Growing up in Lagos, Otamere Guobadia knew the score. For Black men were to keep their hair tamed and restrained, and cropped austerely short—or else run afoul of school dress codes, office standards, and community norms of masculinity and respectability. But during the great pause of the pandemic, the writer began growing his hair out for the first time, joining a cohort of Black men questioning and resetting their relationship with their own hair. Here, he explores the power of these transformations.
Photography by Christian Cassiel.
Hair is one of our earliest sites of identity and assertions of selfhood. It’s a small garden of the body first tended to by our parents or guardians—one we might later be taught to nurture and tend to ourselves; one by which we learn to define and relate to ourselves and others. The early interactions with our hair, when we are either taught to recognise its intrinsic value or disregard it completely, can have a significant impact on our personal journeys and many aspects of our flourishing. Hair forms a central part of many cultures and identity, but the open embrace and enjoyment of it has not been afforded to all people equally.
In a world shaped by colonialism and empire, Black hair is politicized, ruled unprofessional and undesirable by powerful and prevailing institutions. Black women's hair in particular has been the sustained object of much policing, scrutiny and attack. And yet in spite of this (and perhaps even the corollary of it) a movement to affirm its beauty, value and sanctity has grown and blossomed. Today, Black women's hair and the culture surrounding it are widely praised as sites of artistic and personal expression, and cultural innovation, often scoured by outsiders for inspiration.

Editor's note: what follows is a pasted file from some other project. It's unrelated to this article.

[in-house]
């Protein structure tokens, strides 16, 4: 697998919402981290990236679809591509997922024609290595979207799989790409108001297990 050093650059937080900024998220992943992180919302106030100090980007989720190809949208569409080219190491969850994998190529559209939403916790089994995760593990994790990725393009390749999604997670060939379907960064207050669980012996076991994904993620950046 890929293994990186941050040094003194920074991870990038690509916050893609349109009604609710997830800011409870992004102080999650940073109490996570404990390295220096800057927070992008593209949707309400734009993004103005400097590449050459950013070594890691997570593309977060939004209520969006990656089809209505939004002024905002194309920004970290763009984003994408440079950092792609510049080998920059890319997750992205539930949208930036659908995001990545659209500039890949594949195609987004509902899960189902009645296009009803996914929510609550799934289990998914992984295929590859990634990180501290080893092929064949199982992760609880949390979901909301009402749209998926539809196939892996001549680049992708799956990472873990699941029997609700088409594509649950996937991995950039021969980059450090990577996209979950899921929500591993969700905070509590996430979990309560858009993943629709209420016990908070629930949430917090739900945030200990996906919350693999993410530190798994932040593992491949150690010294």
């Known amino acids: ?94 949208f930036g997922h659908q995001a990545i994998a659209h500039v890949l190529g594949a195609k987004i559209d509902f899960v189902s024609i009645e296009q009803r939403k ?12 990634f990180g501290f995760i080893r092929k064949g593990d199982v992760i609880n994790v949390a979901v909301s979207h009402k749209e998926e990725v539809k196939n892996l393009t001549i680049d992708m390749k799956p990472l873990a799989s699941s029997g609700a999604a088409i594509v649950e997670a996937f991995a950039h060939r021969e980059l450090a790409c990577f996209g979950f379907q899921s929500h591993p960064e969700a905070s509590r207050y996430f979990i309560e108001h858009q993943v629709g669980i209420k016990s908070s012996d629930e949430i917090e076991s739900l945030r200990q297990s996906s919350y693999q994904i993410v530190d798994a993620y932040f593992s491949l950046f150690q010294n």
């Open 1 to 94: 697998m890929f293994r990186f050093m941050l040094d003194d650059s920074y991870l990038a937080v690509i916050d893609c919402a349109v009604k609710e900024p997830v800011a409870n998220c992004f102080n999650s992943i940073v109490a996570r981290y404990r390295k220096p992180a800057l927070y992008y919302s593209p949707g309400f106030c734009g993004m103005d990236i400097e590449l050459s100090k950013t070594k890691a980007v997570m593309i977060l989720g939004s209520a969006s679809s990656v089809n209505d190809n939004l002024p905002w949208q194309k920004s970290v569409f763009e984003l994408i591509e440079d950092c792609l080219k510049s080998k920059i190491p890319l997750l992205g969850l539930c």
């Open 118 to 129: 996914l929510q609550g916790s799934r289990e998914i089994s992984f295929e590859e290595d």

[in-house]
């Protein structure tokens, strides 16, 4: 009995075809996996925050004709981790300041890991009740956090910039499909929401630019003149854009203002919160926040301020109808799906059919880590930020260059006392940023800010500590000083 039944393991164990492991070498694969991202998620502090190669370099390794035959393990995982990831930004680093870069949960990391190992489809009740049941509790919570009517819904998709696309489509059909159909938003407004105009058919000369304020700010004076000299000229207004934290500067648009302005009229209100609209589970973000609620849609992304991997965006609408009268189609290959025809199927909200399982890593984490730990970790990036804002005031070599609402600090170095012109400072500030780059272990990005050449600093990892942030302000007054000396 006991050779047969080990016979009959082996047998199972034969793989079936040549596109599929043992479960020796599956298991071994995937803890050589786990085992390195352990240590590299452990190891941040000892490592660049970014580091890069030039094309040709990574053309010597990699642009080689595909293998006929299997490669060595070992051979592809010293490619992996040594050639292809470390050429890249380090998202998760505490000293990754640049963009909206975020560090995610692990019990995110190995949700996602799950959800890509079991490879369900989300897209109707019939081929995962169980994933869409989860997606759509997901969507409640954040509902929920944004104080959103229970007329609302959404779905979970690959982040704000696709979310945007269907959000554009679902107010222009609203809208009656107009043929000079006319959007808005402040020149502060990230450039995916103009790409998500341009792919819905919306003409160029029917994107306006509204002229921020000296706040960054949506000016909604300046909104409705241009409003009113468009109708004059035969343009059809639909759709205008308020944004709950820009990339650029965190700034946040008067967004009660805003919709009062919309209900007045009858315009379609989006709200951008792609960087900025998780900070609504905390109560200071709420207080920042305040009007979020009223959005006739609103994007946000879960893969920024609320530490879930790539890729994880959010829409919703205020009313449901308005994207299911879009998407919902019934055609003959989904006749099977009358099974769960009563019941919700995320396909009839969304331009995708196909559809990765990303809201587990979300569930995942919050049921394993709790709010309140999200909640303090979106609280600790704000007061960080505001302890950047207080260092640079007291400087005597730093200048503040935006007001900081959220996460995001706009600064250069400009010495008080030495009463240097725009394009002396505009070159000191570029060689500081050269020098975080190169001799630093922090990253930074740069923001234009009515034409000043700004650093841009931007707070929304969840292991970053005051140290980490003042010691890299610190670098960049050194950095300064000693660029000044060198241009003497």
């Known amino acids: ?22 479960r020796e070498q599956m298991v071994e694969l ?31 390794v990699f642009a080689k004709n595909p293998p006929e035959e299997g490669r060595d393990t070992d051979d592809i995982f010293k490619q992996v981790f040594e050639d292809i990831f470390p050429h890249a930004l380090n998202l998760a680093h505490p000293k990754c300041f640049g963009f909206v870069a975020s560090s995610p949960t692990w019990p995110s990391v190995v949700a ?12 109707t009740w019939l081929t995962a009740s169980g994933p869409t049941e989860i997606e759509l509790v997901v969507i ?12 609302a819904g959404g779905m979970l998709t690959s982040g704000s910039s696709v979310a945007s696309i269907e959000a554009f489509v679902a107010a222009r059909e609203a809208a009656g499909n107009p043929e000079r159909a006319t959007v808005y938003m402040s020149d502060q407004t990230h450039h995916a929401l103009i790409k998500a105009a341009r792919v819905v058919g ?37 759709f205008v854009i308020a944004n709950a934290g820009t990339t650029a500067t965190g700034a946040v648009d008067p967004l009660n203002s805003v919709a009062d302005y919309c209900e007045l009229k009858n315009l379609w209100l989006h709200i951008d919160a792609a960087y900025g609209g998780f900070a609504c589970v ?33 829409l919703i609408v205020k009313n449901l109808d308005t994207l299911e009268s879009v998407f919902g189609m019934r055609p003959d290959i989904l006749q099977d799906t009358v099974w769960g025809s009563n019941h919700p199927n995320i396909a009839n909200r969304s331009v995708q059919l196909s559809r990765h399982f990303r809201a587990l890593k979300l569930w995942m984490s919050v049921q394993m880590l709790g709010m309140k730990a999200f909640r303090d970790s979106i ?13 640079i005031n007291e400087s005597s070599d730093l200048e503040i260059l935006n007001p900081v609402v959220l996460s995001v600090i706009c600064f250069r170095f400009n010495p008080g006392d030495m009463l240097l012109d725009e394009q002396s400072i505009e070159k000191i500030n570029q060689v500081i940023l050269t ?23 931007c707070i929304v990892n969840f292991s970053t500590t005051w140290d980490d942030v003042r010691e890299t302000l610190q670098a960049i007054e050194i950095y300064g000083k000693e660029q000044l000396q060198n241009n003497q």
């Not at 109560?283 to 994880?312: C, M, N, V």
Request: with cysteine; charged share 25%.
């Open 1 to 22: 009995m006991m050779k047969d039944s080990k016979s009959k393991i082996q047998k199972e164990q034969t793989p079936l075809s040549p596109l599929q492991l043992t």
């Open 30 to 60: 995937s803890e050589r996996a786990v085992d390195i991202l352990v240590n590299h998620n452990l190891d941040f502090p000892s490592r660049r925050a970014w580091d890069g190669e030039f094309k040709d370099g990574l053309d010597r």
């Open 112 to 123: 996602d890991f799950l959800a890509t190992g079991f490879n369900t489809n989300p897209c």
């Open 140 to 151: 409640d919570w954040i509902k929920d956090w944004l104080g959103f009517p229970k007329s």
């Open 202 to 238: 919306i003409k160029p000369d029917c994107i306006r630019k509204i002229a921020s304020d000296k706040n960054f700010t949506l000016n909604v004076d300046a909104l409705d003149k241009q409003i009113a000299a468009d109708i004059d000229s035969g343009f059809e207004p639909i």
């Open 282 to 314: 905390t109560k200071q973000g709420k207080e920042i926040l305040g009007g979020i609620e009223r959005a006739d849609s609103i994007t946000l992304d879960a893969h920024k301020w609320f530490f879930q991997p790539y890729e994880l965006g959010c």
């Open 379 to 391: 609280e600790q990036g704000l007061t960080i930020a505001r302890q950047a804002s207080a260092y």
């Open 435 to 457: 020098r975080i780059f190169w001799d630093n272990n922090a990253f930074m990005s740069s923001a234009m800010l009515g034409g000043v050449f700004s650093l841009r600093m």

But the same insidious and persistent messages to which Black women are subjected have also shaped the relationship Black men have to their hair and self-image, too.
During the late 20th century, Black men's hair held cultural significance. For Black male artists and performers, from Little Richard to Prince and Michael Jacskon, unique, often “unnatural” hairstyles formed an essential part of their iconic looks. It was an era of Black men's hair that saw everything from bouffants to afros to jheri curls come into fashion. These styles, all of course preceded by the coiffed “conk” of the early 20th century—a popular pompadour style for chemically straightened hair, favored by stars like James Brown.
(For all its ubiquity, the conk remains a controversial touchstone. In his 1965 autobiography, Malcom X, described getting a conk as his "first really big step toward self-degradation,” marking the point when he “joined that multitude of Negro men and women in America who are brainwashed into believing that the black people are ‘inferior’ and white people ‘superior’ that they will even violate and mutilate their God-created bodies to try to look ‘pretty’ by white standards.”)